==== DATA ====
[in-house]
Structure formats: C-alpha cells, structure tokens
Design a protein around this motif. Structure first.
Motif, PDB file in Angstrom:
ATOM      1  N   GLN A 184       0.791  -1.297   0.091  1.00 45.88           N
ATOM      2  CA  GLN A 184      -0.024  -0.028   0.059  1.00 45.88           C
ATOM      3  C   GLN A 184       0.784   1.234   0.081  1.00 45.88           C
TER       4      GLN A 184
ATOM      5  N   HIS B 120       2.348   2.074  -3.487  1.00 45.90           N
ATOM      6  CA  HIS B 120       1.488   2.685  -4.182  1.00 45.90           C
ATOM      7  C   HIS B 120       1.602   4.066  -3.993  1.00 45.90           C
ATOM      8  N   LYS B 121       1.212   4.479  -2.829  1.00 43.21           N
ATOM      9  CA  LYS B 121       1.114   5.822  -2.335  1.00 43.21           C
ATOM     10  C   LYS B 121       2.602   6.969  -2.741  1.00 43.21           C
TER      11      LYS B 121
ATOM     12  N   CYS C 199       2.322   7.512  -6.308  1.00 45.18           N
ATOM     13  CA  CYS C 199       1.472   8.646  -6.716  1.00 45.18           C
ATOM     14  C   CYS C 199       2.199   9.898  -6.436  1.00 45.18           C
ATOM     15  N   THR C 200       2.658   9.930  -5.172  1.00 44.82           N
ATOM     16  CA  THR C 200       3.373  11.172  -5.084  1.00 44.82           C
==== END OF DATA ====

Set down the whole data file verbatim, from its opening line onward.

[in-house]
Structure formats: C-alpha cells, structure tokens
Design a protein around this motif. Structure first.
Motif, PDB file in Angstrom:
ATOM      1  N   GLN A 184       0.791  -1.297   0.091  1.00 45.88           N
ATOM      2  CA  GLN A 184      -0.024  -0.028   0.059  1.00 45.88           C
ATOM      3  C   GLN A 184       0.784   1.234   0.081  1.00 45.88           C
TER       4      GLN A 184
ATOM      5  N   HIS B 120       2.348   2.074  -3.487  1.00 45.90           N
ATOM      6  CA  HIS B 120       1.488   2.685  -4.182  1.00 45.90           C
ATOM      7  C   HIS B 120       1.602   4.066  -3.993  1.00 45.90           C
ATOM      8  N   LYS B 121       1.212   4.479  -2.829  1.00 43.21           N
ATOM      9  CA  LYS B 121       1.114   5.822  -2.335  1.00 43.21           C
ATOM     10  C   LYS B 121       2.602   6.969  -2.741  1.00 43.21           C
TER      11      LYS B 121
ATOM     12  N   CYS C 199       2.322   7.512  -6.308  1.00 45.18           N
ATOM     13  CA  CYS C 199       1.472   8.646  -6.716  1.00 45.18           C
ATOM     14  C   CYS C 199       2.199   9.898  -6.436  1.00 45.18           C
ATOM     15  N   THR C 200       2.658   9.930  -5.172  1.00 44.82           N
ATOM     16  CA  THR C 200       3.373  11.172  -5.084  1.00 44.82           C